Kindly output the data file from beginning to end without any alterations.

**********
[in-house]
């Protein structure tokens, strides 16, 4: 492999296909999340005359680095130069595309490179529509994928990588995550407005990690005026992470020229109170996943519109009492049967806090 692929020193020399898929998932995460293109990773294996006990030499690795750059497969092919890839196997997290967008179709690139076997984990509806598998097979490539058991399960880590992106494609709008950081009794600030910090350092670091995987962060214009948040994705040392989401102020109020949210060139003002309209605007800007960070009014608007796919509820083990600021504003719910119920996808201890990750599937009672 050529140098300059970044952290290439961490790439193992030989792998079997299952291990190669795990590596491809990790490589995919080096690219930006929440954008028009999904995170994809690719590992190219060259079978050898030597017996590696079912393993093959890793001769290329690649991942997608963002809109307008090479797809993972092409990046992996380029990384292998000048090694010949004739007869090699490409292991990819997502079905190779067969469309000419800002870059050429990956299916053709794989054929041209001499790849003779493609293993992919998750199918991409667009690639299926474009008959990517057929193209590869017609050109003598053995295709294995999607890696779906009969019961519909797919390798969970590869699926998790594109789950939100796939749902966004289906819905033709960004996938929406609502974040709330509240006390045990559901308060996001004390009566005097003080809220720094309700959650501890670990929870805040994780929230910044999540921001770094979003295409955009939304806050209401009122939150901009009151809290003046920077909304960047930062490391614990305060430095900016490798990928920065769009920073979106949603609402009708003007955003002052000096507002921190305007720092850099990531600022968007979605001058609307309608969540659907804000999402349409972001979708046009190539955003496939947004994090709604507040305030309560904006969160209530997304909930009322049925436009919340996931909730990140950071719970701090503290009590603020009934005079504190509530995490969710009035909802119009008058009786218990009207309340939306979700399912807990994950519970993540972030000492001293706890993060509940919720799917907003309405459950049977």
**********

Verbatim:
[in-house]
């Protein structure tokens, strides 16, 4: 492999296909999340005359680095130069595309490179529509994928990588995550407005990690005026992470020229109170996943519109009492049967806090 692929020193020399898929998932995460293109990773294996006990030499690795750059497969092919890839196997997290967008179709690139076997984990509806598998097979490539058991399960880590992106494609709008950081009794600030910090350092670091995987962060214009948040994705040392989401102020109020949210060139003002309209605007800007960070009014608007796919509820083990600021504003719910119920996808201890990750599937009672 050529140098300059970044952290290439961490790439193992030989792998079997299952291990190669795990590596491809990790490589995919080096690219930006929440954008028009999904995170994809690719590992190219060259079978050898030597017996590696079912393993093959890793001769290329690649991942997608963002809109307008090479797809993972092409990046992996380029990384292998000048090694010949004739007869090699490409292991990819997502079905190779067969469309000419800002870059050429990956299916053709794989054929041209001499790849003779493609293993992919998750199918991409667009690639299926474009008959990517057929193209590869017609050109003598053995295709294995999607890696779906009969019961519909797919390798969970590869699926998790594109789950939100796939749902966004289906819905033709960004996938929406609502974040709330509240006390045990559901308060996001004390009566005097003080809220720094309700959650501890670990929870805040994780929230910044999540921001770094979003295409955009939304806050209401009122939150901009009151809290003046920077909304960047930062490391614990305060430095900016490798990928920065769009920073979106949603609402009708003007955003002052000096507002921190305007720092850099990531600022968007979605001058609307309608969540659907804000999402349409972001979708046009190539955003496939947004994090709604507040305030309560904006969160209530997304909930009322049925436009919340996931909730990140950071719970701090503290009590603020009934005079504190509530995490969710009035909802119009008058009786218990009207309340939306979700399912807990994950519970993540972030000492001293706890993060509940919720799917907003309405459950049977």